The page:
Legal geography explores the practice and conceptualization of the law in and via place and space, examining the relationship between law and the changing spatial, social, and environmental conditions that create and contribute to our understanding of the world(s) we inhabit. This session features graduate student scholars who pursue research that involves legal inquiry-- whether you consider yourself a 'spatial detective' (Bennett 2015), a transdisciplinary/post-disciplinary scholar (Braverman et al. 2014), or are simply interested in the utility of legal geography as a subdiscipline for supporting your work. As legal geographers we study a wide range of topics, including (im)migration, environmental justice, property, resource management, the administration of law in place, law and urban spaces, and much more.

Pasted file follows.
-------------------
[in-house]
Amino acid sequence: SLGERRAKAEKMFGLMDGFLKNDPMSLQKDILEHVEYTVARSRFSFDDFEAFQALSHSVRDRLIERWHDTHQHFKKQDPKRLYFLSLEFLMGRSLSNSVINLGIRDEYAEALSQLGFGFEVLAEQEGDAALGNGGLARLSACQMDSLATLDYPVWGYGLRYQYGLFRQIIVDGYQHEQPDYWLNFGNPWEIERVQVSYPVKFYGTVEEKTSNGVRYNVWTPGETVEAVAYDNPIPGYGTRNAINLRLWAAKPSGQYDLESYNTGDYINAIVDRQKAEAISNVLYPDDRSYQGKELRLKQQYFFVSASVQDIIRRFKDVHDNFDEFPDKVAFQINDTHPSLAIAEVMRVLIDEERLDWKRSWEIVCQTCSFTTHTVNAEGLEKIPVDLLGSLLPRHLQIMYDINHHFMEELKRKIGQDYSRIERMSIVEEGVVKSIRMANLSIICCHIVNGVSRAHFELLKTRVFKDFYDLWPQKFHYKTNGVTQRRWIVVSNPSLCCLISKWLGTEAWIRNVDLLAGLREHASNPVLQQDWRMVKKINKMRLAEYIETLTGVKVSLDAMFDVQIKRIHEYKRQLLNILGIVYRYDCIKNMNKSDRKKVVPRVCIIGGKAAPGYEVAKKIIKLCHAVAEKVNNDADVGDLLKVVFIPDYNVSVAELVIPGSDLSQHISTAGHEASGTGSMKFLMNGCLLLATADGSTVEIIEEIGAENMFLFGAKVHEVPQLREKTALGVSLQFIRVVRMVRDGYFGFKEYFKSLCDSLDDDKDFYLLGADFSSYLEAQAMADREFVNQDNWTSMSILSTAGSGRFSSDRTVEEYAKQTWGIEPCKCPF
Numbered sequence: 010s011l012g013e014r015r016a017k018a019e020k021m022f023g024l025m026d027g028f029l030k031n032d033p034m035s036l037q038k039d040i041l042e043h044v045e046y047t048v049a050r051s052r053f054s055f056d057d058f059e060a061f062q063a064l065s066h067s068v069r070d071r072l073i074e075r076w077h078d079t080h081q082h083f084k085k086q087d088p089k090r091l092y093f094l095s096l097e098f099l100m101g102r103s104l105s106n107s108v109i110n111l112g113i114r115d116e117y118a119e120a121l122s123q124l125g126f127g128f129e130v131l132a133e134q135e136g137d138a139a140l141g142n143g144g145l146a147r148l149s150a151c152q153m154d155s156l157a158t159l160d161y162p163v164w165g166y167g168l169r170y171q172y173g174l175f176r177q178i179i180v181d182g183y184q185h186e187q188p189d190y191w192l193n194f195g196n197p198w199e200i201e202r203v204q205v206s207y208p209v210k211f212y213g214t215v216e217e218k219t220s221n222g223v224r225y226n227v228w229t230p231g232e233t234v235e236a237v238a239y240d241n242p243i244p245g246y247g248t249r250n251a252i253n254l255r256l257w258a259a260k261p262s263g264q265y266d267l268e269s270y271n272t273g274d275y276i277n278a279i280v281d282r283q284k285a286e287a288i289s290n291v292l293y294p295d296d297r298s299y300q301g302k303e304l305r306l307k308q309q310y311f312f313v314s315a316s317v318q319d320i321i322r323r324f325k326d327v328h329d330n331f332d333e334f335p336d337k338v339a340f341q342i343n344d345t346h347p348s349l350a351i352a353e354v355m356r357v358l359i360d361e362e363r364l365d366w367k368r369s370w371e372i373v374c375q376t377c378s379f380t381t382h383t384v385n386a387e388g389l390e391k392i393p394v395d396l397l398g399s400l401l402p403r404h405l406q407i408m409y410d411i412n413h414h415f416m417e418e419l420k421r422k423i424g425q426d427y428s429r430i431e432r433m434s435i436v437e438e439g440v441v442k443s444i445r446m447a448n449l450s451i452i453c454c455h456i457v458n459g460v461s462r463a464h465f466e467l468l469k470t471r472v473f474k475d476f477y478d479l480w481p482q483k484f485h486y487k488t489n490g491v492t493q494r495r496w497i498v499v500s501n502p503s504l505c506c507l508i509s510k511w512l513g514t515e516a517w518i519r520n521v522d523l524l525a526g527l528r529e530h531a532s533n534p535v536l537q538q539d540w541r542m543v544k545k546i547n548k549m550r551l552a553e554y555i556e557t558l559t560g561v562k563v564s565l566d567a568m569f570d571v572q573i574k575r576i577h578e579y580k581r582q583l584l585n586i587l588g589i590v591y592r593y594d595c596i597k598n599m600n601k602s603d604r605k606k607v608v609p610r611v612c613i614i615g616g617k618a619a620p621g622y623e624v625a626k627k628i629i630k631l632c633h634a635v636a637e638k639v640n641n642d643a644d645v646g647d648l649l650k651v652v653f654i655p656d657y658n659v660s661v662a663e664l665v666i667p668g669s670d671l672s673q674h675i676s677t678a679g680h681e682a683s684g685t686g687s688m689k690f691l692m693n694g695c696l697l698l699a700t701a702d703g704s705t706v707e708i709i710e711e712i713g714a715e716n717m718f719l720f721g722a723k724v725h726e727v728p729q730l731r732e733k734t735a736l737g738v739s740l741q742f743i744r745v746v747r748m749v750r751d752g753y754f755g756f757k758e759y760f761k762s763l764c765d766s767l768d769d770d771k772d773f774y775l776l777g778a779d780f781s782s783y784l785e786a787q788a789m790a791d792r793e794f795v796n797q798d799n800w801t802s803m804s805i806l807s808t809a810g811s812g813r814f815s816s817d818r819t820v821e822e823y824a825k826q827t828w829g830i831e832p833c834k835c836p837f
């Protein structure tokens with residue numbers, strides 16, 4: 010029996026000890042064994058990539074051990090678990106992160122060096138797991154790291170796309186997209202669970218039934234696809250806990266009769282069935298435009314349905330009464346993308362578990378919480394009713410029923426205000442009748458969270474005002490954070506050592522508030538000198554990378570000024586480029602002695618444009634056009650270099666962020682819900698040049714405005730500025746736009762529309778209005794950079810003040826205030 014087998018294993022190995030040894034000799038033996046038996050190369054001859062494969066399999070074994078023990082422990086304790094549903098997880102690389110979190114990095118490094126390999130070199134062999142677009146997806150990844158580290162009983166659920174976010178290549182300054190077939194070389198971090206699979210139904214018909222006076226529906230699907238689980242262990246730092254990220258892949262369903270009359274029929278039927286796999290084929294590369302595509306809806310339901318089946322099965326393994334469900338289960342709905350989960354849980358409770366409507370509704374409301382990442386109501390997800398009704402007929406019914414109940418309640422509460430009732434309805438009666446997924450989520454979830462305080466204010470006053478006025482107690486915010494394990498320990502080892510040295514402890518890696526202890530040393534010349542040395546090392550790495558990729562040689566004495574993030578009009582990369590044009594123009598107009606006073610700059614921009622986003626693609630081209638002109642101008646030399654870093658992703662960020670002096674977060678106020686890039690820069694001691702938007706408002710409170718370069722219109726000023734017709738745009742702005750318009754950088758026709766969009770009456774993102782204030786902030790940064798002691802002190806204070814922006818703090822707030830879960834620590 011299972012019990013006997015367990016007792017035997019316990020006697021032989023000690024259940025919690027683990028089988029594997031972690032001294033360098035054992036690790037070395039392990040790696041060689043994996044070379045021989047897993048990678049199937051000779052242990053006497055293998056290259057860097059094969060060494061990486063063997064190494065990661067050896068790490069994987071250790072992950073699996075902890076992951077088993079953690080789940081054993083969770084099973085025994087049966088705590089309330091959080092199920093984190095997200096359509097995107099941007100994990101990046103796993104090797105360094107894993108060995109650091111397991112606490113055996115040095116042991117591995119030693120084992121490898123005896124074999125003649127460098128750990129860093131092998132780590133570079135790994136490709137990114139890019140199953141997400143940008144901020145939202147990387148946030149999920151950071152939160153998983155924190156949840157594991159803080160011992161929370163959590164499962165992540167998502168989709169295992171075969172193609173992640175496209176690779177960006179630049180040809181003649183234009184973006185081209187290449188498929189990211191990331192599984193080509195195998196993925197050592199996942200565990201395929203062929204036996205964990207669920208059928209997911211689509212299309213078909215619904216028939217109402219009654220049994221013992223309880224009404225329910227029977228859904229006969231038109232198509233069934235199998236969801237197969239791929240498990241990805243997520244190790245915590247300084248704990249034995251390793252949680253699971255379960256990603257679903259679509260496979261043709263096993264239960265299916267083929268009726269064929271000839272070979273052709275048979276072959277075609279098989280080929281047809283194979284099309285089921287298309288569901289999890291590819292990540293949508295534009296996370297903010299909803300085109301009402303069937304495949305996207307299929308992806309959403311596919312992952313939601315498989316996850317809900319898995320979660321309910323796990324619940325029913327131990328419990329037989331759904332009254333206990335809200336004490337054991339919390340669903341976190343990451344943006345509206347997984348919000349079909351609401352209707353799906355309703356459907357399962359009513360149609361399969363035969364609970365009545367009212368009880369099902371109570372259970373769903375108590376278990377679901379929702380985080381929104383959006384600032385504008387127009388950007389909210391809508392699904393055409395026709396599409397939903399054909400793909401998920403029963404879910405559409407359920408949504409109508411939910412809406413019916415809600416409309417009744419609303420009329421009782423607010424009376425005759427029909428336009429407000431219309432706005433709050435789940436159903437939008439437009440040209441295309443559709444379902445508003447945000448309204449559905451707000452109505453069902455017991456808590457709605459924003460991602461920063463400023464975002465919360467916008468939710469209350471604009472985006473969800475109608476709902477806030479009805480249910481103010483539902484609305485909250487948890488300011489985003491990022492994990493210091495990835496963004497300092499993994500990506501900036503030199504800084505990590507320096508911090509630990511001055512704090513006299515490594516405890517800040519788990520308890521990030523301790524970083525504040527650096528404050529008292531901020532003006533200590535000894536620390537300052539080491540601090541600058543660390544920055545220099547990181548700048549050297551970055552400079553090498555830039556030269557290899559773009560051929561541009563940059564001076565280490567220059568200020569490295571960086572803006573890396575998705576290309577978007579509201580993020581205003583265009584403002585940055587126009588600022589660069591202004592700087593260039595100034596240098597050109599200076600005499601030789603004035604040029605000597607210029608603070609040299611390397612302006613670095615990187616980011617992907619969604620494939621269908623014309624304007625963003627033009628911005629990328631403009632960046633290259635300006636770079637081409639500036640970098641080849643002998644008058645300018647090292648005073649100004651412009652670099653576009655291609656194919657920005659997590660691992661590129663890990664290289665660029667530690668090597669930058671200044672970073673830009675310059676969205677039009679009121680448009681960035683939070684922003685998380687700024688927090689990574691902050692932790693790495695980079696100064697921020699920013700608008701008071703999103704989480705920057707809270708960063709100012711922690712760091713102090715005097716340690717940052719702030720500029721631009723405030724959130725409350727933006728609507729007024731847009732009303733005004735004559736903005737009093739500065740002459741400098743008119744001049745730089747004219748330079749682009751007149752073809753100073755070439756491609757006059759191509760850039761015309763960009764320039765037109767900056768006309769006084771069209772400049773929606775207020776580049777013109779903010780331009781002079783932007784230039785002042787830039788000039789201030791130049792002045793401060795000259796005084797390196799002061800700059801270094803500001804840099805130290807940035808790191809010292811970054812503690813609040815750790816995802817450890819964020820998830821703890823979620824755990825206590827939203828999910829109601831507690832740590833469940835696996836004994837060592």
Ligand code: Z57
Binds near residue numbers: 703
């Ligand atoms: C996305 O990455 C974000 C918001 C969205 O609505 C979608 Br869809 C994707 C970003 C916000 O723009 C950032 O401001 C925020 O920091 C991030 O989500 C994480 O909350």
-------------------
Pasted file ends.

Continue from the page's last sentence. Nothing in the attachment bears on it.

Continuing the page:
|Presenter||Caroline Griffith*, University of Wisconsin - Madison, The High-Water Mark: Energy-Driven Property Disputes in Western North Dakota||15||1:30 PM|
|Presenter||Julia Sizek*, University of California, Berkeley, Regulatory Alchemy: How Water Becomes Money in the California Desert||15||1:45 PM|
|Presenter||Sophia Ford*, University of Oregon, A methodological intervention to map mineral deeds and uncover subterranean power||15||2:00 PM|
|Presenter||Natalia Perez*, Simon Fraser University, Unhappy performatives of property among Colombian campesinxs: a contribution to a relational approach to property and dispossession||15||2:15 PM|
|Presenter||Trey Murphy*, University of North Carolina, “Tres-Frac” Liability and the Legal Transformation of Geologic Shales into Natural Resources through the Texas Supreme Court Case Coastal v. Garza||15||2:30 PM|
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